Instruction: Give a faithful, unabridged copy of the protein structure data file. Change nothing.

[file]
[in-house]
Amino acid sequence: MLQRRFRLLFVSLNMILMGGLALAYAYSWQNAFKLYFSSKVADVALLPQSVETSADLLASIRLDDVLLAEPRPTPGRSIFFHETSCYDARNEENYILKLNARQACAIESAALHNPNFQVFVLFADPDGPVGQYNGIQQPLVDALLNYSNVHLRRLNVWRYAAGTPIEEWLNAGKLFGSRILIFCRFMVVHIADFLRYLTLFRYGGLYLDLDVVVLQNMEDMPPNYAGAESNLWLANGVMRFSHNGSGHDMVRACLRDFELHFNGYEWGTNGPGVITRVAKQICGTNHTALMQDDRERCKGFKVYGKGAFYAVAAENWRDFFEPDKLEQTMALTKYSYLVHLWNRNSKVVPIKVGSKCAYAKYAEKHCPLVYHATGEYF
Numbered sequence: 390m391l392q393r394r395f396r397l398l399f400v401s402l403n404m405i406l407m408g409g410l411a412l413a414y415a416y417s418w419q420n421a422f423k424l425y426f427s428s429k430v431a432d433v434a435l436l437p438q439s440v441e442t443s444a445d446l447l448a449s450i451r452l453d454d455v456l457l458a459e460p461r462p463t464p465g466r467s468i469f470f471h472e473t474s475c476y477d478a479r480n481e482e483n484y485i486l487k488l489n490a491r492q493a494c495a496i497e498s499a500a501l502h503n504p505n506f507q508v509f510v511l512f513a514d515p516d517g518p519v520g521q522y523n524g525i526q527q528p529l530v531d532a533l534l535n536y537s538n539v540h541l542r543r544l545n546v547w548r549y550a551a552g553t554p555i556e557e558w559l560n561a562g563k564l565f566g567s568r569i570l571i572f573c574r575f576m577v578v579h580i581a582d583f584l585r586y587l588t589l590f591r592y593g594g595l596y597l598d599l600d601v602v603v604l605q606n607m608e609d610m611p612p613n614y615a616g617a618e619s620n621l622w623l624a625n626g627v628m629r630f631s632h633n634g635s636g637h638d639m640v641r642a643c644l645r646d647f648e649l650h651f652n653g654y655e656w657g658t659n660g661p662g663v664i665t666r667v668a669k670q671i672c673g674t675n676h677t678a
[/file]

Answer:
[in-house]
Amino acid sequence: MLQRRFRLLFVSLNMILMGGLALAYAYSWQNAFKLYFSSKVADVALLPQSVETSADLLASIRLDDVLLAEPRPTPGRSIFFHETSCYDARNEENYILKLNARQACAIESAALHNPNFQVFVLFADPDGPVGQYNGIQQPLVDALLNYSNVHLRRLNVWRYAAGTPIEEWLNAGKLFGSRILIFCRFMVVHIADFLRYLTLFRYGGLYLDLDVVVLQNMEDMPPNYAGAESNLWLANGVMRFSHNGSGHDMVRACLRDFELHFNGYEWGTNGPGVITRVAKQICGTNHTALMQDDRERCKGFKVYGKGAFYAVAAENWRDFFEPDKLEQTMALTKYSYLVHLWNRNSKVVPIKVGSKCAYAKYAEKHCPLVYHATGEYF
Numbered sequence: 390m391l392q393r394r395f396r397l398l399f400v401s402l403n404m405i406l407m408g409g410l411a412l413a414y415a416y417s418w419q420n421a422f423k424l425y426f427s428s429k430v431a432d433v434a435l436l437p438q439s440v441e442t443s444a445d446l447l448a449s450i451r452l453d454d455v456l457l458a459e460p461r462p463t464p465g466r467s468i469f470f471h472e473t474s475c476y477d478a479r480n481e482e483n484y485i486l487k488l489n490a491r492q493a494c495a496i497e498s499a500a501l502h503n504p505n506f507q508v509f510v511l512f513a514d515p516d517g518p519v520g521q522y523n524g525i526q527q528p529l530v531d532a533l534l535n536y537s538n539v540h541l542r543r544l545n546v547w548r549y550a551a552g553t554p555i556e557e558w559l560n561a562g563k564l565f566g567s568r569i570l571i572f573c574r575f576m577v578v579h580i581a582d583f584l585r586y587l588t589l590f591r592y593g594g595l596y597l598d599l600d601v602v603v604l605q606n607m608e609d610m611p612p613n614y615a616g617a618e619s620n621l622w623l624a625n626g627v628m629r630f631s632h633n634g635s636g637h638d639m640v641r642a643c644l645r646d647f648e649l650h651f652n653g654y655e656w657g658t659n660g661p662g663v664i665t666r667v668a669k670q671i672c673g674t675n676h677t678a